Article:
Arias’ studies are providing solid information for therapists, social service providers and policy-makers who work with abusive people, their spouses and children.

Abuse and the Dating Scene

It’s no secret that abusive behavior is a way to gain or maintain power and control in a marriage. But Arias’ team has shown that physical abuse and psychological abuse are just as prevalent in dating relationships.

In a recent study of 156 college men in dating relationships, she and doctoral students Heidi Ronfeldt and Rachel Kimerling measured perceptions of power compared to levels of psychological abuse — isolation, humiliation and threats — and physical abuse, from pushing and grabbing to using a knife or gun. They found that men who physically abused their girlfriends were dissatisfied either with their own amount of power in the relationship or with the relationship itself.

"Low levels of satisfaction with relationship power increased the likelihood of psychological and, ultimately, physical abuse," Arias said.

The study also showed that dating men who are at greatest risk for escalating from psychological to physical abuse were the ones who, as children, had seen their fathers physically abuse their mothers. These findings, published in the February 1998 issue of the Journal of Marriage and the Family, are consistent with abuse patterns among married couples. But Arias notes that the UGA study is a short-term look at a narrow slice of society and should be interpreted cautiously.

Stand By Your Man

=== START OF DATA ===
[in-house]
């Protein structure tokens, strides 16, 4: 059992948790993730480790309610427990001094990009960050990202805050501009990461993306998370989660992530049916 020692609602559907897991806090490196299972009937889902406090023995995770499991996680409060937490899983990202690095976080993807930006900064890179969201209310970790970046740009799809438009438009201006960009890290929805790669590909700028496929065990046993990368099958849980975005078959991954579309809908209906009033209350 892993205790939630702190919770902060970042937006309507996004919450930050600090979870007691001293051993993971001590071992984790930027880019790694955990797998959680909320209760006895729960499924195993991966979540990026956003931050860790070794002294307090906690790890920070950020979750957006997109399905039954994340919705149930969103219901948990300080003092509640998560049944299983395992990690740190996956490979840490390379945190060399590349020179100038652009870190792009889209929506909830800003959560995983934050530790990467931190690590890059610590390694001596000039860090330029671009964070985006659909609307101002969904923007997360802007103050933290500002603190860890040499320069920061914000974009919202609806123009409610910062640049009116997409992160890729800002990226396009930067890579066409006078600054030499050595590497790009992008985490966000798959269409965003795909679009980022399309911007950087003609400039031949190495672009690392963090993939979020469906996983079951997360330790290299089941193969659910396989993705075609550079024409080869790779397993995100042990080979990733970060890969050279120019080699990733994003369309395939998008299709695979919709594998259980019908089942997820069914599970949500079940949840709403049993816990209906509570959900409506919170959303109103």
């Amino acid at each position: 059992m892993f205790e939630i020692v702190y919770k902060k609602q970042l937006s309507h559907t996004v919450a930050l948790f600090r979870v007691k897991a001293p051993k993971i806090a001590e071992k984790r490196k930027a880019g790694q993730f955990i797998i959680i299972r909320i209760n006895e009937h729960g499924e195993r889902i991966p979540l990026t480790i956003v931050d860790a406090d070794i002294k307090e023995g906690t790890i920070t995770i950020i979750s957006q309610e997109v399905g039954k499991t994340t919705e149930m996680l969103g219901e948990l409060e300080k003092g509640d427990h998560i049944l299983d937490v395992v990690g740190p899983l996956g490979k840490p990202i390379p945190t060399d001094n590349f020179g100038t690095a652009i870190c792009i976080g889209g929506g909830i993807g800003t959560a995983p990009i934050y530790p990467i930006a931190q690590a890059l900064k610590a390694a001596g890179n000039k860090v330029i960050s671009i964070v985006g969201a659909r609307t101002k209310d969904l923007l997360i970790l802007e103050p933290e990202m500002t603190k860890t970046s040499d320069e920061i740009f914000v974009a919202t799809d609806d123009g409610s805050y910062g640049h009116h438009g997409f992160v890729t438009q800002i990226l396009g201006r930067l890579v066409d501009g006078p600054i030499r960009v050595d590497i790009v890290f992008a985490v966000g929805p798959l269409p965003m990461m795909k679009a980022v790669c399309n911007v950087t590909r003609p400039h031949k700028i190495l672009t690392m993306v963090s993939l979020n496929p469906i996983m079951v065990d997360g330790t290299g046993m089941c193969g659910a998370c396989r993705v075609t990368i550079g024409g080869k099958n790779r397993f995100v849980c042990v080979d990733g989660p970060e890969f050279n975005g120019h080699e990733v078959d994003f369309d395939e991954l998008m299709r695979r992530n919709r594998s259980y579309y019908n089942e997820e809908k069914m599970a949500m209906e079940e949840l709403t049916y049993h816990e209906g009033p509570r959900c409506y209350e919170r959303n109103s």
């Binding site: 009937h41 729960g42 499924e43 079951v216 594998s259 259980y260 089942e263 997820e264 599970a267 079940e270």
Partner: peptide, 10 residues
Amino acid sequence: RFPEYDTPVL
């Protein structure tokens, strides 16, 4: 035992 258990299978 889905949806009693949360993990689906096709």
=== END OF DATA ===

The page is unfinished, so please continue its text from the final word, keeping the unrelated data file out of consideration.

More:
Psychological abuse may be harder to define than physical abuse, but Arias’ research suggests its effects can be just as damaging.

"It’s harder to escape from psychological abuse," she said. "A lot of the women say they can handle the physical abuse. What they can’t handle is the degradation, the humiliation and the psychological control their partners engage in."

Severely abused women may not have the psychological wherewithal to stay out of the abusive relationship. They have a high incidence of depression and anxiety, which makes it difficult for them to cope with the ordinary demands of life, much less make life-changing decisions about ending a marriage and going it alone, she said.

Psychological abuse includes emotional abuse, which destroys self-esteem, and domination abuse, which exerts physical control.

"Emotional abuse is trying to convince her that she’s crazy or stupid, or that she’s lucky to have you, that she’s a bad parent," Arias said. "Domination abuse is not allowing her to have access to a car or money, making her account for every single minute of the day and calling several times a day to make sure that she’s home."

The UGA team found that when women leave an abusive relationship the decision hinges more on the psychological abuse than on the physical abuse. Most battered women say they know the danger signals for physical abuse, which occurs intermittently. Psychological abuse, however, is more continuous and harder to recognize.

To an extent, psychologically abused women also carry on their own psychological abuse, Arias said. Psychological abuse compounds their fears and causes them to question their ability to make

it on their own. They worry about what their husbands might do next and how bad the situation could get.